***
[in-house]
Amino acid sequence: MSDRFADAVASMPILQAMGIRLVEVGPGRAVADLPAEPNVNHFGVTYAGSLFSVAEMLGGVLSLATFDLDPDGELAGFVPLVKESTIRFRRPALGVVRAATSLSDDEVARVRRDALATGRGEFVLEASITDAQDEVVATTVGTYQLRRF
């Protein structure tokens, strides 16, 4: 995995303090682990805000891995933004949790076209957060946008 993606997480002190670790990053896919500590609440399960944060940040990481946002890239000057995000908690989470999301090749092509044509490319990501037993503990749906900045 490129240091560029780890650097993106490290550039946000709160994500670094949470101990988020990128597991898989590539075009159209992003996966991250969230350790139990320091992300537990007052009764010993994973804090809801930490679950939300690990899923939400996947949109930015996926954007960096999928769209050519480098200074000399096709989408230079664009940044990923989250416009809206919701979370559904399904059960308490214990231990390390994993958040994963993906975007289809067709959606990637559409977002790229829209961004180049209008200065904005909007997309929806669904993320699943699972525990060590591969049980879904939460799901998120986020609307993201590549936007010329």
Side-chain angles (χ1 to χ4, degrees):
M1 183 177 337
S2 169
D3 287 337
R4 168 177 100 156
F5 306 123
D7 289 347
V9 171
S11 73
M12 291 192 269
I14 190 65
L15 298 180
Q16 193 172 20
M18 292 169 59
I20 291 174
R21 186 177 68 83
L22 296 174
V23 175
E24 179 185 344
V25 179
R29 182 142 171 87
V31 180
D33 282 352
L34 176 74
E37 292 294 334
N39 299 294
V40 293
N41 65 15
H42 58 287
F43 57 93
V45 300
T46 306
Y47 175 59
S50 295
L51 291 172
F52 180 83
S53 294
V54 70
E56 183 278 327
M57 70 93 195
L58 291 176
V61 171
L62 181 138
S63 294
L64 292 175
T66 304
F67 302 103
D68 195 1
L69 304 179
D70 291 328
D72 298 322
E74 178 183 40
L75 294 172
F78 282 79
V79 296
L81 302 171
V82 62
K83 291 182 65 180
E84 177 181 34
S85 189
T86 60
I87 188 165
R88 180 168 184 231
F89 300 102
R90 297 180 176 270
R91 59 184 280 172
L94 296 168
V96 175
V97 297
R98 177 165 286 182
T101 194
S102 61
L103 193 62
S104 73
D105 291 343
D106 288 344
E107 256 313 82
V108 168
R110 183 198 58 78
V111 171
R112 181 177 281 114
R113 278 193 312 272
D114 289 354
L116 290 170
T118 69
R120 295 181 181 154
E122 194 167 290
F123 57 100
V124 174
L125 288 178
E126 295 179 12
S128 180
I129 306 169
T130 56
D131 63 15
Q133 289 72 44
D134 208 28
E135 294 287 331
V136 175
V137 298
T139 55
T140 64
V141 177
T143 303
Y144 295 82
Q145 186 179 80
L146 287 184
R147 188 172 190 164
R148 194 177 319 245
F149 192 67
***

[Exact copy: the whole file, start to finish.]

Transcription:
[in-house]
Amino acid sequence: MSDRFADAVASMPILQAMGIRLVEVGPGRAVADLPAEPNVNHFGVTYAGSLFSVAEMLGGVLSLATFDLDPDGELAGFVPLVKESTIRFRRPALGVVRAATSLSDDEVARVRRDALATGRGEFVLEASITDAQDEVVATTVGTYQLRRF
């Protein structure tokens, strides 16, 4: 995995303090682990805000891995933004949790076209957060946008 993606997480002190670790990053896919500590609440399960944060940040990481946002890239000057995000908690989470999301090749092509044509490319990501037993503990749906900045 490129240091560029780890650097993106490290550039946000709160994500670094949470101990988020990128597991898989590539075009159209992003996966991250969230350790139990320091992300537990007052009764010993994973804090809801930490679950939300690990899923939400996947949109930015996926954007960096999928769209050519480098200074000399096709989408230079664009940044990923989250416009809206919701979370559904399904059960308490214990231990390390994993958040994963993906975007289809067709959606990637559409977002790229829209961004180049209008200065904005909007997309929806669904993320699943699972525990060590591969049980879904939460799901998120986020609307993201590549936007010329």
Side-chain angles (χ1 to χ4, degrees):
M1 183 177 337
S2 169
D3 287 337
R4 168 177 100 156
F5 306 123
D7 289 347
V9 171
S11 73
M12 291 192 269
I14 190 65
L15 298 180
Q16 193 172 20
M18 292 169 59
I20 291 174
R21 186 177 68 83
L22 296 174
V23 175
E24 179 185 344
V25 179
R29 182 142 171 87
V31 180
D33 282 352
L34 176 74
E37 292 294 334
N39 299 294
V40 293
N41 65 15
H42 58 287
F43 57 93
V45 300
T46 306
Y47 175 59
S50 295
L51 291 172
F52 180 83
S53 294
V54 70
E56 183 278 327
M57 70 93 195
L58 291 176
V61 171
L62 181 138
S63 294
L64 292 175
T66 304
F67 302 103
D68 195 1
L69 304 179
D70 291 328
D72 298 322
E74 178 183 40
L75 294 172
F78 282 79
V79 296
L81 302 171
V82 62
K83 291 182 65 180
E84 177 181 34
S85 189
T86 60
I87 188 165
R88 180 168 184 231
F89 300 102
R90 297 180 176 270
R91 59 184 280 172
L94 296 168
V96 175
V97 297
R98 177 165 286 182
T101 194
S102 61
L103 193 62
S104 73
D105 291 343
D106 288 344
E107 256 313 82
V108 168
R110 183 198 58 78
V111 171
R112 181 177 281 114
R113 278 193 312 272
D114 289 354
L116 290 170
T118 69
R120 295 181 181 154
E122 194 167 290
F123 57 100
V124 174
L125 288 178
E126 295 179 12
S128 180
I129 306 169
T130 56
D131 63 15
Q133 289 72 44
D134 208 28
E135 294 287 331
V136 175
V137 298
T139 55
T140 64
V141 177
T143 303
Y144 295 82
Q145 186 179 80
L146 287 184
R147 188 172 190 164
R148 194 177 319 245
F149 192 67